Tuesday, September 28, 2010

Gloria Stuart Passes On

Gloria Stuart, an actress who appeared in such classics as The Old Dark House (1932) and The Invisible Man, passed Sunday, September 26. She was 100 years old.

Gloria Stewart was born in Santa Monica, California on July 4, 1910. She attended Santa Monica High School and the University of California, Berkeley, but dropped out in her junior year to marry. She acted in the Golden Bough Theatre and wrote for a weekly newspaper in Carmel, California, where she and her husband settled.  She was appearing at the Pasadena Playhouse in 1932 when she signed a seven year contract with Universal Pictures.

Miss Stuart made her film debut in Street of Women in 1932. She would appear in the films Back Street (1932)and The All-American (1932) before appearing in one of her best known roles. In The Old Dark House Gloria Stuart played Margaret Waverton, one half of a married couple who finds themselves who find themselves stranded in an old mansion with some rather bizarre occupants. She went onto appear in the films Air Mail (1932), Laughter in Hell (1933), Private Jones (1933), and The Kiss Before the Mirro (1933). In The Girl in 419 (1933) Miss Stuart played another role, that of Mary Dolan, a mysterious woman who is a witness to murder. In 1933 that she played another notable role, that of the daughter of the sinister Robert Von Helldorf (Lionel Atwill) in Secret of the Blue Room. It would be in 1934 that Gloria Stuart would play another one of her signature roles, that of Flora Cranley. the fiancée of the title character (Claude Rains)  in The Invisible Man. She then appeared in such films as Roman Scandals (1934), Beloved (1934), and The Gift of Gab (1935).

Disappointed in the roles in which she was cast at Universal, Gloria Stuart left the studio for 20th Century Fox. There she appeared in such films as Gold Diggers of 1935 (1935), The Prisoner of Shark Island (1936), Poor Little Rich Girl (1936),The Girl on the Front Page (1936), Girl Overboard (1937), Rebecca of Sunnybrook Farm (1938), Time for Murder (1938), The Three Musketeers (1939), and It Could Happen to You (1939). Miss Stuart took a break from acting in 1939, returning in 1943 in the film Hre Comes Elmer (1943). She appeared in the films The Whistler (1944), Enemy of Women (1944), and She Wrote the Book (1945) before retiring from acting. In her own words, she had wearied of playing a "girl reporter, girl detective, girl overboard."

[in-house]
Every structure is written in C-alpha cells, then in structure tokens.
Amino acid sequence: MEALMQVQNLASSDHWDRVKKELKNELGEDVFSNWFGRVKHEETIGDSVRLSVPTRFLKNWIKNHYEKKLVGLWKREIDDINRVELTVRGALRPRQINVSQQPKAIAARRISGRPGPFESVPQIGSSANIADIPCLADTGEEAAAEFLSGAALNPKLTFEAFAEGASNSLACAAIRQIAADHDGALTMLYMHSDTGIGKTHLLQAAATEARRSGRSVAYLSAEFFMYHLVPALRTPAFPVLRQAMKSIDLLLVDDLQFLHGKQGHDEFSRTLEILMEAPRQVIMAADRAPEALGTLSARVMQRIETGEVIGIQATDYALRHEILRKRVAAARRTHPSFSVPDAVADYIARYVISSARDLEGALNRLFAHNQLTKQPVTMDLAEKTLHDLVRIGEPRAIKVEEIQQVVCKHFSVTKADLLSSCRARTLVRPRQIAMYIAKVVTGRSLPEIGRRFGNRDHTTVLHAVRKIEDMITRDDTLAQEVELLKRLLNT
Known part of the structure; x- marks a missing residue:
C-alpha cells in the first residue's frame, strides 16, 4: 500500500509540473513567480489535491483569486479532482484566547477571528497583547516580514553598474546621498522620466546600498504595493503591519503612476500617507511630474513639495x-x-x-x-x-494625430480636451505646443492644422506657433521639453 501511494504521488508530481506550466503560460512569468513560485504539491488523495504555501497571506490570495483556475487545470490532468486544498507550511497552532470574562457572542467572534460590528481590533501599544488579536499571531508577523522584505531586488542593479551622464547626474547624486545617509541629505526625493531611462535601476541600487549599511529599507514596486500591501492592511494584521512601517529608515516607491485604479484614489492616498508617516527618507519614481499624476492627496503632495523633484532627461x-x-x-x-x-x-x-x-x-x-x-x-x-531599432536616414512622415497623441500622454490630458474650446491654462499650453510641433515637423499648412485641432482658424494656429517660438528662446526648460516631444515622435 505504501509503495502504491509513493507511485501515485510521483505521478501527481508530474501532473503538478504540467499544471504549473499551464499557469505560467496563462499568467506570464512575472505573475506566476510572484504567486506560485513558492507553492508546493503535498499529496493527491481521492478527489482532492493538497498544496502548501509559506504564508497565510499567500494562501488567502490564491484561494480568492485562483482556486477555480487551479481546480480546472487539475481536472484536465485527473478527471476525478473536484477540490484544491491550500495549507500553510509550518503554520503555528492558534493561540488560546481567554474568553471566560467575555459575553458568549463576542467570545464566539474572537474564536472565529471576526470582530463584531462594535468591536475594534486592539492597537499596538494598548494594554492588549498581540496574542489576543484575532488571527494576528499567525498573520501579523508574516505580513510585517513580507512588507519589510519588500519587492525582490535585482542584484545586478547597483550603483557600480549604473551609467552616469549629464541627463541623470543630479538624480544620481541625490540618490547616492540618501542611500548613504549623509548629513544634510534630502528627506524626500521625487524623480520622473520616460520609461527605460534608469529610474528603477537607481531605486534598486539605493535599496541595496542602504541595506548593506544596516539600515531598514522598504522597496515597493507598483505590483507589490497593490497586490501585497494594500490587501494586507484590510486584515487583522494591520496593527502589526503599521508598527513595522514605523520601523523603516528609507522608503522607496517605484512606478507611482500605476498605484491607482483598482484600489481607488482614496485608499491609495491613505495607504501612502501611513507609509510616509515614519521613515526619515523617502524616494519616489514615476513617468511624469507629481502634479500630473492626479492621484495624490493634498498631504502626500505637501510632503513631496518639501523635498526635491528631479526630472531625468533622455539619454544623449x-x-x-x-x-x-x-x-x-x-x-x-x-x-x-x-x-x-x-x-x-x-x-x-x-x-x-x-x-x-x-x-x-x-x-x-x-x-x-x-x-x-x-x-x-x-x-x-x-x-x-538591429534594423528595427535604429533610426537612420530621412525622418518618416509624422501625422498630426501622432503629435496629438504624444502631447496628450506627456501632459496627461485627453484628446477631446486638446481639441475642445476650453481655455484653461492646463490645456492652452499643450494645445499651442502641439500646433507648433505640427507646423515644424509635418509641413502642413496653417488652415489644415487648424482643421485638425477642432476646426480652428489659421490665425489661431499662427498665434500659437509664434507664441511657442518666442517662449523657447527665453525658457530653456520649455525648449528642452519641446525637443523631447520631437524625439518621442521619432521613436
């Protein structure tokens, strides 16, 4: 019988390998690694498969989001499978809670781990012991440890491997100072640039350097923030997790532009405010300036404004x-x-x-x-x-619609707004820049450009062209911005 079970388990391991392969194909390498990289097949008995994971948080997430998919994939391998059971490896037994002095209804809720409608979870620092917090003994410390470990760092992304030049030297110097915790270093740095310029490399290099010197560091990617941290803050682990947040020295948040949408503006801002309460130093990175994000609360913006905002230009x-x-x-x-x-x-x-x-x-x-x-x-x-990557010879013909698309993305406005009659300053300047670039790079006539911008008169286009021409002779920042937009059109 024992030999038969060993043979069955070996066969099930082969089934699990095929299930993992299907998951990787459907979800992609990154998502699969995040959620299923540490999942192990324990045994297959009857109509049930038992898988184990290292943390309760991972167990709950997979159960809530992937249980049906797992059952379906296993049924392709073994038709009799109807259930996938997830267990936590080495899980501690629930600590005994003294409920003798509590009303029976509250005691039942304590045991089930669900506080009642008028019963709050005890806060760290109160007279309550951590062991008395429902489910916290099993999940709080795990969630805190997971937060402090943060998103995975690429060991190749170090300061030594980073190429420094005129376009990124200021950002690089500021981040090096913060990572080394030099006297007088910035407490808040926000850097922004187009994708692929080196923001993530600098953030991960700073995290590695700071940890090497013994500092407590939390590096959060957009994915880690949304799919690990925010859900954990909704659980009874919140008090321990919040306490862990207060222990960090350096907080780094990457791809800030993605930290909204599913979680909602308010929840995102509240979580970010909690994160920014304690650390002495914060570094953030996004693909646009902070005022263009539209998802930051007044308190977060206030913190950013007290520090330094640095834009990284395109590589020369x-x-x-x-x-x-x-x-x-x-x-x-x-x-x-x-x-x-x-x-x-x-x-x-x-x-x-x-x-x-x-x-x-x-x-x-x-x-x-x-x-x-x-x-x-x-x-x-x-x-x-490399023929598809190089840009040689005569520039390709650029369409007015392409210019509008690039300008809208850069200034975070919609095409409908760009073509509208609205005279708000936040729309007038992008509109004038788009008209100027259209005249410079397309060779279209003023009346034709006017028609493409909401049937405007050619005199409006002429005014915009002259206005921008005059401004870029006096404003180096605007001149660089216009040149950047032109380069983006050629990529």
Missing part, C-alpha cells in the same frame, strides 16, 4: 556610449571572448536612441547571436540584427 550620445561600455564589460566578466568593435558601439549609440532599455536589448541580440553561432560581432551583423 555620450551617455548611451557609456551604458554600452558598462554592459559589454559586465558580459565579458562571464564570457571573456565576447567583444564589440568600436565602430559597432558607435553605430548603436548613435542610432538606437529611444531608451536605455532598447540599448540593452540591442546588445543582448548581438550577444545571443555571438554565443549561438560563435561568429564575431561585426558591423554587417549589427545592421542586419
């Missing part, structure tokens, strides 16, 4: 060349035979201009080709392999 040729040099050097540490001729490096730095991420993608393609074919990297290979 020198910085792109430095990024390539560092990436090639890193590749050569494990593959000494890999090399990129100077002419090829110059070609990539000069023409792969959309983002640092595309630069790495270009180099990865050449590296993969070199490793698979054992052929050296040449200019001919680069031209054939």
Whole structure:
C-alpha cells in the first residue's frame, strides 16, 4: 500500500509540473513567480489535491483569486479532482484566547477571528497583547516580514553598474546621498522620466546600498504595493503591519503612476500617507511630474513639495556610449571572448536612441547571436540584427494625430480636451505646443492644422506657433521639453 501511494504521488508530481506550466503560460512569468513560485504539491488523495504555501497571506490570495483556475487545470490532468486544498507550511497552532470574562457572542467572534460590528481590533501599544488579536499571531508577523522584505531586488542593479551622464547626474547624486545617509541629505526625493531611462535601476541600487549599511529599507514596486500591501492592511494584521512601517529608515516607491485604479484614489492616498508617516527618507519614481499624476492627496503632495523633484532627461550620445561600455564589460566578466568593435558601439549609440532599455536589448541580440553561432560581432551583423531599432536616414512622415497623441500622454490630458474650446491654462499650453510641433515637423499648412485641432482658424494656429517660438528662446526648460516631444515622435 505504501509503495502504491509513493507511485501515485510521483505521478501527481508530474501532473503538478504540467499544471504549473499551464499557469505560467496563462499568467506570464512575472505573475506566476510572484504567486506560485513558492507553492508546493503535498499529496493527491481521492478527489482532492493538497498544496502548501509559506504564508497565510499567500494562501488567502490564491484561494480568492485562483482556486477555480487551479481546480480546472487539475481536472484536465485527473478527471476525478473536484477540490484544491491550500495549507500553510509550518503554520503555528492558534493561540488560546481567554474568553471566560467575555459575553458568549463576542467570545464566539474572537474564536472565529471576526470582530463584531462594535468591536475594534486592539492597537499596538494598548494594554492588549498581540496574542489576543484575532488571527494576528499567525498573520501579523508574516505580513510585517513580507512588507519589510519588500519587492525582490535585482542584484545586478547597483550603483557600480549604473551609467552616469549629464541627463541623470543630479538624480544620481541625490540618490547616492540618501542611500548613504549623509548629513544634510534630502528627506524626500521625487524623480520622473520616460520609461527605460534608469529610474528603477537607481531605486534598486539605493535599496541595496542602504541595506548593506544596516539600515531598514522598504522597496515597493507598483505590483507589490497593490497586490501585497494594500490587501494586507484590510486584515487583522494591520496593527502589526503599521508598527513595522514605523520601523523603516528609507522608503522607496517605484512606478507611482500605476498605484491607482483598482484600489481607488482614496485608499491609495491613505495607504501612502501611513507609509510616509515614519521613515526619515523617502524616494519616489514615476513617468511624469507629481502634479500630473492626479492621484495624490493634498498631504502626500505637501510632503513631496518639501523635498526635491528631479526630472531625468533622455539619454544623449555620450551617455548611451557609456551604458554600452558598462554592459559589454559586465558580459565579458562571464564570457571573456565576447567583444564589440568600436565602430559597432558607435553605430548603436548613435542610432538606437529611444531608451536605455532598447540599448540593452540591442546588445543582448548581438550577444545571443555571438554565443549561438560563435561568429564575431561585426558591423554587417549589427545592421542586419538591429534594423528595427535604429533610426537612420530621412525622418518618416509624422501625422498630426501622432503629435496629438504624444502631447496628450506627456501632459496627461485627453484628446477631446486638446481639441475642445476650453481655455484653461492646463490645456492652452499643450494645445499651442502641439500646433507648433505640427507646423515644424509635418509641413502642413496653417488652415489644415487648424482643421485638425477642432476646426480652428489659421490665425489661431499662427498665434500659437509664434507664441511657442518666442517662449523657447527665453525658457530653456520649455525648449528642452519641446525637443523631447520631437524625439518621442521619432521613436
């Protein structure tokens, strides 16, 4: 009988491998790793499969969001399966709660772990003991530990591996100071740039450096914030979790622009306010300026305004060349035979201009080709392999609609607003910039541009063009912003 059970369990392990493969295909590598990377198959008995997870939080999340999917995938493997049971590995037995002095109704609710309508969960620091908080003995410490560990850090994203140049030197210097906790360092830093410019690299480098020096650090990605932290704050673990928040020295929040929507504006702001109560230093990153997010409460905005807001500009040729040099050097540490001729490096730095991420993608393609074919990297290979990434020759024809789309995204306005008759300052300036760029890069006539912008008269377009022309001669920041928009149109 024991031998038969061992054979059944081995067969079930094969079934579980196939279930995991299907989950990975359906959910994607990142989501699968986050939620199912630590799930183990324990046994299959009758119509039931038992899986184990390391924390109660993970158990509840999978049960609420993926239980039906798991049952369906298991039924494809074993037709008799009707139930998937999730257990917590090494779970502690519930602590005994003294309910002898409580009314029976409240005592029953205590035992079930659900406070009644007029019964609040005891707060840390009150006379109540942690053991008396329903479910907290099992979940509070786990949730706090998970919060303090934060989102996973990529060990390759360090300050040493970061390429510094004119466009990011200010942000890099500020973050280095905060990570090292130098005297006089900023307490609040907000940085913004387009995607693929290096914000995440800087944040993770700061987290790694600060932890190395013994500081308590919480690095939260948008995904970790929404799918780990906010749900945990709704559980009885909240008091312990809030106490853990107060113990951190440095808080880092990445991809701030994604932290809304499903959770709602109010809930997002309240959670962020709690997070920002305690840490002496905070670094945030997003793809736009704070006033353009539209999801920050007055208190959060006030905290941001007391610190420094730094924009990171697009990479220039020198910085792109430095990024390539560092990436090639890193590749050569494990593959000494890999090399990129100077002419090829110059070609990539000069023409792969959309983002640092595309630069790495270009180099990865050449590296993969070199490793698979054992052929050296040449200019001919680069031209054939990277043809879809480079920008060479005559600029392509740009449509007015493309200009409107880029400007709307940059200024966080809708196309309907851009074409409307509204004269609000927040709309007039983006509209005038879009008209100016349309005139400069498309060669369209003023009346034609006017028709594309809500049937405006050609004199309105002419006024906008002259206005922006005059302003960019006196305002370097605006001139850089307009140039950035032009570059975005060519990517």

In 1975 Gloria Stuart retuned to acting with a bit part in the television movie The Legend of Lizzie Borden. She made a small guest appearance on the TV show The Waltons and had a cameo in the film In the Glitter Palace (1977). By 1980 Miss Stuart was receiving more substantial roles. She guest starred on such shows as Enos, Mannimal, and Murder She Wrote. She appeared in such television movies as The Violation of Sarah McDavid, There Were Times, and She Knows Too Much. She appeared in the movies My Favourite Year (1982), Mass Appeal (1984), and Wildcats (1986). In 1997 she appeared as Rose in Titanic, a role which garnered her an Oscar nomination for Best Actress in a Supporting Role. She went onto appear in the films The Love Letter (1999), The Million Dollar Hotel (2000), and Land of Plenty (2004 her last appearance on screen). She guest starred on The Invisible Man, Touched by An Angel, and Miracles.

Most obituaries of Gloria Stuart have opened with words to the effect that she was largely forgotten until her appearance in Titanic. I must state this is, quite simply, wrong. While the general public may not have remembered Gloria Stuart, there were many film buffs who remembered her quite well. Indeed, it must be pointed out that Titanic was not her comeback, as Miss Stuart had already made a comeback with her cameo in the film In the Glitter Palace, released a full sixteen years before Titanic. And while Miss Stuart did an impressive turn in Titanic (she was far superior in the film than Kate Winslet, whom I usually like, playing what was allegedly the same character), it must be pointed out that Rose was hardly Miss Stuart's most notable role.

Indeed, Miss Stuart had displayed considerable talent throughout her career, often in roles that when played by another actress might be forgettable. She was impressive in The Old Dark House, as a young and understandably rattled young wife in circumstances no one would want to find himself or herself. Miss Stuart was also impressive in The Invisible Man, adding poignancy to the movie as the tragic lead character's beloved. And while Gloria Stuart made have not cared to be typecast as girl reporters, girl detectives, and girl murder suspects, she did the role well. Indeed, she made the film Girl Overboard, in which she plays a young woman suspected of murder aboard a passenger ship, enjoyable. For much of her career Gloria Stuart played thankless roles in sometimes forgettable movies, but she also did them well. While some of the films Miss Stuart may have starred in may have been forgettable, she was always memorable.

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